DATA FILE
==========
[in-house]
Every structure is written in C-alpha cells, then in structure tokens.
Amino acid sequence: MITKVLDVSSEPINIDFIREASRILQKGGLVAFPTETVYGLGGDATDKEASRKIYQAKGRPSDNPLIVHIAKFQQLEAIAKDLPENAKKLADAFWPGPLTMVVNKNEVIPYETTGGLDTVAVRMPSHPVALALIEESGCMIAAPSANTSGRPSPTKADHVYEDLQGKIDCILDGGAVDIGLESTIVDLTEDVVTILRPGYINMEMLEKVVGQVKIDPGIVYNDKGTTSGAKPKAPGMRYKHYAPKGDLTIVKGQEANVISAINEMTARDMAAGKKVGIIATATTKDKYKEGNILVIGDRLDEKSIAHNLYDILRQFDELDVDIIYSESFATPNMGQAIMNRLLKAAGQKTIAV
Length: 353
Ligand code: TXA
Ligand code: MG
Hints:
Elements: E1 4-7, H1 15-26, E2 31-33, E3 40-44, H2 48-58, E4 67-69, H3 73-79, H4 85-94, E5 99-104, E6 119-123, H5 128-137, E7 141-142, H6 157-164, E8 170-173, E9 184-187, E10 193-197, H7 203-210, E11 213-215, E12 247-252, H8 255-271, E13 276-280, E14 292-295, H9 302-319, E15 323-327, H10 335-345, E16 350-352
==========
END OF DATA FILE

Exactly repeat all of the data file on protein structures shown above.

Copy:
[in-house]
Every structure is written in C-alpha cells, then in structure tokens.
Amino acid sequence: MITKVLDVSSEPINIDFIREASRILQKGGLVAFPTETVYGLGGDATDKEASRKIYQAKGRPSDNPLIVHIAKFQQLEAIAKDLPENAKKLADAFWPGPLTMVVNKNEVIPYETTGGLDTVAVRMPSHPVALALIEESGCMIAAPSANTSGRPSPTKADHVYEDLQGKIDCILDGGAVDIGLESTIVDLTEDVVTILRPGYINMEMLEKVVGQVKIDPGIVYNDKGTTSGAKPKAPGMRYKHYAPKGDLTIVKGQEANVISAINEMTARDMAAGKKVGIIATATTKDKYKEGNILVIGDRLDEKSIAHNLYDILRQFDELDVDIIYSESFATPNMGQAIMNRLLKAAGQKTIAV
Length: 353
Ligand code: TXA
Ligand code: MG
Hints:
Elements: E1 4-7, H1 15-26, E2 31-33, E3 40-44, H2 48-58, E4 67-69, H3 73-79, H4 85-94, E5 99-104, E6 119-123, H5 128-137, E7 141-142, H6 157-164, E8 170-173, E9 184-187, E10 193-197, H7 203-210, E11 213-215, E12 247-252, H8 255-271, E13 276-280, E14 292-295, H9 302-319, E15 323-327, H10 335-345, E16 350-352